Mrs. Mary Hennessy, aged 54, of 6 Chester Terrace, Barbican Road, Barnstaple, North Devon wrote:
The night before the Aberfan disaster I dreamt of a lot of children in two rooms. After a while some of the children joined some others in an oblong-shaped room and were in different little groups. At the end of the room there were long pieces of wood or wooden bars. The children were trying somehow to get over the top or through the bars. I tried to warn someone by calling out, but before I could do so one little child just slipped out of sight. I myself was not in either of the rooms, but was watching from the corridor. The next thing in my dream was hundreds of people all running to the same place. The look on peoples’ faces was terrible. Some were crying and others holding handkerchiefs to their faces. It frightened me so much that it woke me up.
‘I wanted to get out of bed and telephone my son and his wife and ask them to take special care of my two little grand-daughters. When I did get up it was 6.45 a.m. I told my brother-in-law that I had had this terrible dream and that I was going to telephone my son and daughter-in-law but he said it was too early. I therefore waited until 8.45 a.m. and telephoned, telling them about my dream and that I was very worried as the dream was about children. I told them it wasn’t our two little girls in the dream, as they looked more like schoolchildren.
The dream upset me very much all the next day. I did not hear about the Aberfan disaster until 5:I5 p.m.
Mrs. M.H’.s dream was verified in detail by her daughter-in-law Mrs. P.H. who confirmed that Mrs. M.H. had telephoned her before 9:00 a.m. on the day of the Aberfan disaster requesting her to take special care of her two small daughters.
In a careful analysis of the set of cases, Dr. Barker drew attention to a number of features that seemed noteworthy to him. Thirty-six of the letters were from dreamers. Others said they had had visions of the disaster or parts of
it; some felt various degrees of unease for a period of time before the event. In some instances the dreams were so vivid and the feelings of horror and fear invoked in the dreamer so intense that the dreamer woke screaming. In a number of cases the dream was so impressive it haunted the dreamer for days. A number reported the screaming of children as a feature of their dream.
In seven cases, from four men and three women, Barker noted that ‘they developed non-specific symptoms of acute mental and physical unease from four days to a few hours before the Aberfan disaster. Symptoms were in general characteristic of an acute anxiety state, and in five instances were either witnessed or reported to others before the disaster occurred, or before the percipients became aware of it. Three percipients developed a sense of oppression and two experienced dyspnoea, choking sensations and feelings of suffocation before the disaster. Their distress was in all instances apparently relieved by the occurrence of the disaster or upon hearing news of it’.
Many of his correspondents told him that they had had previous premonitions in their lives about other disasters and some claimed that the attendant feelings Barker called the Pre-disaster Syndrome accompanied them. It was in fact a stamp of authenticity for the premonition.
In this respect a case brought to my notice is of interest and is by no means unique. A young lady, whose father worked with building contractors, became convinced one morning by her feelings of acute anxiety that her father would be in extreme danger later that day. There was no reason for her to entertain this fear but as the morning passed her distress increased to such an extent that she was driven to phone his company to warn him to take care.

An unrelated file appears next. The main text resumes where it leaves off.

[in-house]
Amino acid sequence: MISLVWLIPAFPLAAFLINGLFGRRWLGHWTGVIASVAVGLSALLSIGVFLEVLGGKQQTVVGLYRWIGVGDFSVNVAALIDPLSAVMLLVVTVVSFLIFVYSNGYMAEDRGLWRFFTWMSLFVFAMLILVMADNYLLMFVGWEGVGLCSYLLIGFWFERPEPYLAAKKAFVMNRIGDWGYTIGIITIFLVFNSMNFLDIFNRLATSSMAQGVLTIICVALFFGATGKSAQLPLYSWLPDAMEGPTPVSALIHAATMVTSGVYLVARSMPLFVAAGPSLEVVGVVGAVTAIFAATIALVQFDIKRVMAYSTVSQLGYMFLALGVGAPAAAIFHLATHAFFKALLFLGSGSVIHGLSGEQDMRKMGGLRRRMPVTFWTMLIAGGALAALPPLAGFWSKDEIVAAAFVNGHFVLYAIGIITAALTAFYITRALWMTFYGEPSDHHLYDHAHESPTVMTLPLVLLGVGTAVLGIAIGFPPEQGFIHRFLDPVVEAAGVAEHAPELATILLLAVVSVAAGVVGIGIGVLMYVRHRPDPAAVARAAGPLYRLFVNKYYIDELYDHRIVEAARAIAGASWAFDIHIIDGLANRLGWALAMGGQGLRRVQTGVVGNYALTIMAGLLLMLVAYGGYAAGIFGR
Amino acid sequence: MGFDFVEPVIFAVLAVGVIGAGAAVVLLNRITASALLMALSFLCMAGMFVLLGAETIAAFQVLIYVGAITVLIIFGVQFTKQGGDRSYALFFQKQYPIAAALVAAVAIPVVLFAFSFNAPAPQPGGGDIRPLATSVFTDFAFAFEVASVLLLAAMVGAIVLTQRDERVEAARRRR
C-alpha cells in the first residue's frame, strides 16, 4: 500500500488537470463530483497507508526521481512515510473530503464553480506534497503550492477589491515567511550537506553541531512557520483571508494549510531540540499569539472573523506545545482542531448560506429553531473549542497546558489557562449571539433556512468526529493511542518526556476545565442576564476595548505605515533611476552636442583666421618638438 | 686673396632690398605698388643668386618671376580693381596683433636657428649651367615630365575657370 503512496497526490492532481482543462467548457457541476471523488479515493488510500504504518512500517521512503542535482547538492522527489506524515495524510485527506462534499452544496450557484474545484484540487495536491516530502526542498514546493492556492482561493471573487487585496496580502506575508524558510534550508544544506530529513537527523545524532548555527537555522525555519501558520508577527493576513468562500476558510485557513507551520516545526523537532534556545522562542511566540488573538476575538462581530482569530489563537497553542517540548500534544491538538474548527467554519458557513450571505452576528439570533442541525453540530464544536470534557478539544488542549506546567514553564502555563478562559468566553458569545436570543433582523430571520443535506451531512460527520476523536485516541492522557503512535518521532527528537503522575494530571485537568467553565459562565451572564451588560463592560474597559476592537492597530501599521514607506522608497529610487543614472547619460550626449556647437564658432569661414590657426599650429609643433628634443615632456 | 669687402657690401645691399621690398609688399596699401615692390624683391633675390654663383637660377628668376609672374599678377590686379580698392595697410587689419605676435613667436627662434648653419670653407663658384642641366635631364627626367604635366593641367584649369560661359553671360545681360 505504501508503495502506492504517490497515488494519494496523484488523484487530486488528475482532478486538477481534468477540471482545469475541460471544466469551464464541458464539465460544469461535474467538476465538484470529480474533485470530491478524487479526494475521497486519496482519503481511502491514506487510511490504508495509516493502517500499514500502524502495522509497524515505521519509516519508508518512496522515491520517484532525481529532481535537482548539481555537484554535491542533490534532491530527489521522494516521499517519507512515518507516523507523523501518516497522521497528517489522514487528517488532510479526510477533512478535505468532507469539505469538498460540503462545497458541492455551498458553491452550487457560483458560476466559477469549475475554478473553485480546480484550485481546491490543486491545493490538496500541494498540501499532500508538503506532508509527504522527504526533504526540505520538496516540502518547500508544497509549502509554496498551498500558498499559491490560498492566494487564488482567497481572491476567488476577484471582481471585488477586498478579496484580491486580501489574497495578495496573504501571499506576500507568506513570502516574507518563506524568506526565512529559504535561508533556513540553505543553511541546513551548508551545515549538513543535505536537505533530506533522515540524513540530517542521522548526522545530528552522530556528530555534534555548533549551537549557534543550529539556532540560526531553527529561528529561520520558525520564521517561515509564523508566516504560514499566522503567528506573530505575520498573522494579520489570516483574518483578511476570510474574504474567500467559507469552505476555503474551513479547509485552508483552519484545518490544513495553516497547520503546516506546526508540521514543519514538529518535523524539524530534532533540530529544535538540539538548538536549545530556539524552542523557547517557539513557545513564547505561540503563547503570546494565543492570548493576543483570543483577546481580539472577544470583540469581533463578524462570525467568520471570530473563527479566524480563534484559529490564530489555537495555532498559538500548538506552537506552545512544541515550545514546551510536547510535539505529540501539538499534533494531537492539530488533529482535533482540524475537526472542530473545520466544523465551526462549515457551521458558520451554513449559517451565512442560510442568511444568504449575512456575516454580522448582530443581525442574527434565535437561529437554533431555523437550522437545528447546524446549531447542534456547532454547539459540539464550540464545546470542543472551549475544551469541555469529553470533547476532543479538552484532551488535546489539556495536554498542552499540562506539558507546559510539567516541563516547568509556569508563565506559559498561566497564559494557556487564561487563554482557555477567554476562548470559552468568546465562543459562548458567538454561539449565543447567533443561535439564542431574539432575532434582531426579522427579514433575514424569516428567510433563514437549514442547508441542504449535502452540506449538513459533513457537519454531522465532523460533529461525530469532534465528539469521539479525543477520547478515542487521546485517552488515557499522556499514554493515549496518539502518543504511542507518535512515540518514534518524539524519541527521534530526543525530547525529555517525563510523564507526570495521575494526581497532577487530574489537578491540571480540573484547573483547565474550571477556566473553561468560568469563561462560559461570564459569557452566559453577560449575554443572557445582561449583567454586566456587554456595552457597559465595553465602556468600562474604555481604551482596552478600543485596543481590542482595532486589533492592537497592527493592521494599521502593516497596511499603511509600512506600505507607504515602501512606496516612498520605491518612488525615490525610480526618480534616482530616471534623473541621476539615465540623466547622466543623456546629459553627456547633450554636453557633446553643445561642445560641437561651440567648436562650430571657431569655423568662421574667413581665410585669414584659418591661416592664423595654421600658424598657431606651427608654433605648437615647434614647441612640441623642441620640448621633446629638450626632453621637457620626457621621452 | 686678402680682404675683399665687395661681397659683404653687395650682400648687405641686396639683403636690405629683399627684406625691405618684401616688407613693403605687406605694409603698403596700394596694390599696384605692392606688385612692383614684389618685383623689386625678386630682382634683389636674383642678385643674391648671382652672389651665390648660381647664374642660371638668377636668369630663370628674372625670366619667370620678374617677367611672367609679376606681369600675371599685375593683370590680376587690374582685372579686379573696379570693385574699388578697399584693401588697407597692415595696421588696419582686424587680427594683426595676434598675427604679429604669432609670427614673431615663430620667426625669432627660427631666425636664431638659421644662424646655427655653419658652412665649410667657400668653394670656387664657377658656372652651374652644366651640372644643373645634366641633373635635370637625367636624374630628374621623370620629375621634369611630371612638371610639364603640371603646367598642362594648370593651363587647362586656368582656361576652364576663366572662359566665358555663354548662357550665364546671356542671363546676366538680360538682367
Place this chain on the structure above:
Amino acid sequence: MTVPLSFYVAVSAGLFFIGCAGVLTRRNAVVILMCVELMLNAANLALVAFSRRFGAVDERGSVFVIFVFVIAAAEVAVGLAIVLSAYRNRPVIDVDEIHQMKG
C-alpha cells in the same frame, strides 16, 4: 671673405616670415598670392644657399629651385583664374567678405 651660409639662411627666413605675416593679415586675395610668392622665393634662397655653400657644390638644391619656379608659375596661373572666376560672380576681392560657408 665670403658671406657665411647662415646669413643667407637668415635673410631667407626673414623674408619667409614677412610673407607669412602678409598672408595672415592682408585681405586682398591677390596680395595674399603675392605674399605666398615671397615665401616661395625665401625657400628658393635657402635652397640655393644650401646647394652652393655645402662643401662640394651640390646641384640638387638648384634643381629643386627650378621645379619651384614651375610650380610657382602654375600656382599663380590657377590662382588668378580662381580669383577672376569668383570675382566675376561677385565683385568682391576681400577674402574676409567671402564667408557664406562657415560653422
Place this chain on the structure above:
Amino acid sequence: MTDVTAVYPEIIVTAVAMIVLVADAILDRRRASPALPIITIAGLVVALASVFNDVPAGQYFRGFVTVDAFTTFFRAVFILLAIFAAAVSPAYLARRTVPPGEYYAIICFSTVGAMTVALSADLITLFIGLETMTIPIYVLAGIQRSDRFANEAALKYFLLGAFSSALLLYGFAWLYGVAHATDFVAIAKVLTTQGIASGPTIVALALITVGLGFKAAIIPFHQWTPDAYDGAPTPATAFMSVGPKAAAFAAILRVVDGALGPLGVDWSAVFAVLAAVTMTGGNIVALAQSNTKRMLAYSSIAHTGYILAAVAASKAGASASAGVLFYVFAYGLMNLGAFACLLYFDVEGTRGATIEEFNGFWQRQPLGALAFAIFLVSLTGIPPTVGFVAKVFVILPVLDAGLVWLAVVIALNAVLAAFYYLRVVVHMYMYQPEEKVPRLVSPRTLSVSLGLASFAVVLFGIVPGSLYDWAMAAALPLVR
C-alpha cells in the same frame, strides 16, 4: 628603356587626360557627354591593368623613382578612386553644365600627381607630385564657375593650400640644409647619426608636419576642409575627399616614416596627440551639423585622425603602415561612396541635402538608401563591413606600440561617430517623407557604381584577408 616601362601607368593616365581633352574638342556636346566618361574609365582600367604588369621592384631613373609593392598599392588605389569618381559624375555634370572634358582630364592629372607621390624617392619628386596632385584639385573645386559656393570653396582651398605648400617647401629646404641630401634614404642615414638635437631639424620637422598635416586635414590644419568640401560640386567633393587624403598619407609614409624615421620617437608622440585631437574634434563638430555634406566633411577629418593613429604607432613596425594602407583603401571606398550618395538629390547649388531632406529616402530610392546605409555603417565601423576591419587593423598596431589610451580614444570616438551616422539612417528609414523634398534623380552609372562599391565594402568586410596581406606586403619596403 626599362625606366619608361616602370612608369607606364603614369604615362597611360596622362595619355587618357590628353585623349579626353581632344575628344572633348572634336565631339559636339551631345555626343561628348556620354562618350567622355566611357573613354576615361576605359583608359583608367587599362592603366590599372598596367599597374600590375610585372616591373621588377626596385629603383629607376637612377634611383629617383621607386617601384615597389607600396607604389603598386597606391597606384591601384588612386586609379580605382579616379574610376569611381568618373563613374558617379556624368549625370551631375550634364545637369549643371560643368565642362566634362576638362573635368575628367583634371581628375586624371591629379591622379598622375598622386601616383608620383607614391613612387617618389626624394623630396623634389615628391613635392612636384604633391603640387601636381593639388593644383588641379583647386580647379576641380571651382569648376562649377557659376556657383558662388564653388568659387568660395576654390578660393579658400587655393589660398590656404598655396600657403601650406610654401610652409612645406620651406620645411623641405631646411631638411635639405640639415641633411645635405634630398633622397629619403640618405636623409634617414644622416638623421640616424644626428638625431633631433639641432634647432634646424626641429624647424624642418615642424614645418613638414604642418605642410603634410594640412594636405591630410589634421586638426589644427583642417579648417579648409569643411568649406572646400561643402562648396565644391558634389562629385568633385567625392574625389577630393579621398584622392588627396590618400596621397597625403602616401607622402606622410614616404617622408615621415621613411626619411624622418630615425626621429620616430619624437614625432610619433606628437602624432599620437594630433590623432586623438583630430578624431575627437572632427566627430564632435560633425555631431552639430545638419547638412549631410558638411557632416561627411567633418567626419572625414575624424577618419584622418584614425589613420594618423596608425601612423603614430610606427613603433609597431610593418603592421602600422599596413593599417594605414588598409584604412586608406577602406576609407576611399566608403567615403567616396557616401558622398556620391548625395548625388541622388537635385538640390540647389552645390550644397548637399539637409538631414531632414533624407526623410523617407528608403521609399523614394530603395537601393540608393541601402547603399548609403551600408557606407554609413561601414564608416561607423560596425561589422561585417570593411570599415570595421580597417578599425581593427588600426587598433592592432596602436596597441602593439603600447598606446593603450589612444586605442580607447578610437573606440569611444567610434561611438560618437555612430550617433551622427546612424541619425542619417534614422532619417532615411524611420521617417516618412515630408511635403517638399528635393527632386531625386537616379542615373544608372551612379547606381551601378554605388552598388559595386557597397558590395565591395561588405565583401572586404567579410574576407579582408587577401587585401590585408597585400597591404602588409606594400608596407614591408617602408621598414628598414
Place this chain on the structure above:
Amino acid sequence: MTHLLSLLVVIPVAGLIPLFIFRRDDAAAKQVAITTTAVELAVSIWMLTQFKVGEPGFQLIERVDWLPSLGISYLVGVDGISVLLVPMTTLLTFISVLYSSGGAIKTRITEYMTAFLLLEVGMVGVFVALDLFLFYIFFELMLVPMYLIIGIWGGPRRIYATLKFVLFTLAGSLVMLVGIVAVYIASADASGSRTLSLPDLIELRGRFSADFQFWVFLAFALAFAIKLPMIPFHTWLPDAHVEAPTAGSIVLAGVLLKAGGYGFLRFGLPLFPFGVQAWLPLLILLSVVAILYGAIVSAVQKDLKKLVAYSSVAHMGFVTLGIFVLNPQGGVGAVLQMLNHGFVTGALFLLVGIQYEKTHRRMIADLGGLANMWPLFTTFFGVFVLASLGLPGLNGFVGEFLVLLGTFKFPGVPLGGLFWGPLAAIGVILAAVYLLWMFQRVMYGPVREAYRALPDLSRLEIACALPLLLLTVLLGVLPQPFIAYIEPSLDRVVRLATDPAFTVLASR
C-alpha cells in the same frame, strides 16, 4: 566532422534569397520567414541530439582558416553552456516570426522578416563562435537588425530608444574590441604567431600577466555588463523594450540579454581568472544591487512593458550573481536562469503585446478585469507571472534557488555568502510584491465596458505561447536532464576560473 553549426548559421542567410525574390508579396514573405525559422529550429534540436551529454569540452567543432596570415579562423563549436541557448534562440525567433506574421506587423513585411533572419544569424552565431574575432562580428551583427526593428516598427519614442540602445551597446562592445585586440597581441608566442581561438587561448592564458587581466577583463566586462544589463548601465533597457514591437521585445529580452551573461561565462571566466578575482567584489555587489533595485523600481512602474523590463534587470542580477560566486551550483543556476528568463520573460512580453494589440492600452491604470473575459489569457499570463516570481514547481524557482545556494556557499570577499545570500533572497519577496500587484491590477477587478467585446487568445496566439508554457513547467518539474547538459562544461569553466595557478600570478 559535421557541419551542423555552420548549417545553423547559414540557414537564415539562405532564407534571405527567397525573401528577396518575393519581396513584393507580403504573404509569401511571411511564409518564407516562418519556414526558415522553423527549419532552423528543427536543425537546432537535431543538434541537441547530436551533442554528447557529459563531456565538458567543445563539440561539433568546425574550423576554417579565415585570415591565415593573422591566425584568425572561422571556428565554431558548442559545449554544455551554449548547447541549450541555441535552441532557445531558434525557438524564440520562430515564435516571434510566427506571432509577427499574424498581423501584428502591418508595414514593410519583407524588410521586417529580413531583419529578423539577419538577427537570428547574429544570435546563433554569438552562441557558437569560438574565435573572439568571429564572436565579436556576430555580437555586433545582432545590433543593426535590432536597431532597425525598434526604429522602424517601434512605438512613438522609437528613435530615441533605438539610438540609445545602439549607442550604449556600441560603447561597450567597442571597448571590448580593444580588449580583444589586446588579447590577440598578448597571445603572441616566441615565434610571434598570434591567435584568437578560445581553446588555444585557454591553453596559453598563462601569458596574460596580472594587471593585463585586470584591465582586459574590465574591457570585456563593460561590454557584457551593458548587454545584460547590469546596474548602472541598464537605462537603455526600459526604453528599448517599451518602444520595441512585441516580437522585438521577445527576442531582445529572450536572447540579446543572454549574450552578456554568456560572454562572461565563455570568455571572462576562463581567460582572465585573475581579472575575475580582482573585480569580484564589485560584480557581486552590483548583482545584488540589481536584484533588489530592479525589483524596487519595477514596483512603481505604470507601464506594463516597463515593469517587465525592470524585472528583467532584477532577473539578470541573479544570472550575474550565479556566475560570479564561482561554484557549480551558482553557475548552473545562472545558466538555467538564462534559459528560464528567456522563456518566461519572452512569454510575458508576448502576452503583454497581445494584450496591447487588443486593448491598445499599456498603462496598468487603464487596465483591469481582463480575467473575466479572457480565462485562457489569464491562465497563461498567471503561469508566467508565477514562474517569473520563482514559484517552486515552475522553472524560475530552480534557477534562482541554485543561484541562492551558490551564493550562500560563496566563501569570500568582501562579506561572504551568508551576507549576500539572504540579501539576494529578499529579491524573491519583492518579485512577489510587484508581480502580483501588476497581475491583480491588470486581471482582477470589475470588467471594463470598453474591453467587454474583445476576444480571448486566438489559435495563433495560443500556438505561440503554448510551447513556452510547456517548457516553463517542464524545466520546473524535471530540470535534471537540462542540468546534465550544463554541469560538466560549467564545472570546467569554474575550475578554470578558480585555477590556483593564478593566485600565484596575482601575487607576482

Unfortunately the father’s work was such that he himself planned which building sites he would visit at any given time and head office was unable to help her very much. She kept trying to ring various phone numbers, her acute forebodings by now causing her to drop any work of her own. She continued until four o’clock without success when suddenly the feelings left her, she calmed down and only then realised how irrational her efforts had been. Later that day the family was notified that at four o’clock her father had been in a car accident in which he had suffered serious injuries.
J. Gaither Pratt has conjectured that ‘individuals who have convincingly precognitised one or more future events are at least as common as left-handed people’. Barker called such people ‘human seismographs,’ reacting by dream, vision and associated pre-disaster syndrome to a future catastrophe. He argued that if such people existed it might be possible to set up a Disaster Early Warning System and quoted Louisa Rhine who wrote in 1961, ‘If the precognitive ability is developed and directed and if imperfect ESP impressions, especially those suggesting disaster ahead could be clarified, intelligent preventative action could follow to the untold advantage of mankind’.
This idea that a central bureau should collect and collate ostensible forewarnings of disasters raises a number of important questions, the most basic of which is that of querying the authenticity of such alleged premonitions.
Confining ourselves to the Aberfan disaster we may ask how convinced we are by the evidence that one or more people received is ‘glimpses’ of the future tragedy. The word ‘glimpses’ is perhaps very appropriate when we appreciate that not one person got a complete picture of the event.
Several dreams undoubtedly resembled the disaster or part of it, a number of dreamers claiming to have subsequently recognised some of the harrowing TV and press pictures shown later. Most of the dreams were straightforwardly narrative; only a few were symbolic. The usual dream mechanisms – substitution of members of the dreamer’s family or her home for the actual victims or place – seemed to occur. In summary, the following elements are among those that occurred in the ostensible premonitions: children screaming; wearing Welsh national costume; dying; Wales; a Welsh miner; mountains; valleys; Aberfan and desolate rows of houses; a black mountain slipping; horror; buried houses; a school; hundreds of black horses thundering down a hillside dragging hearses; avalanche of coal burying screaming children, etc.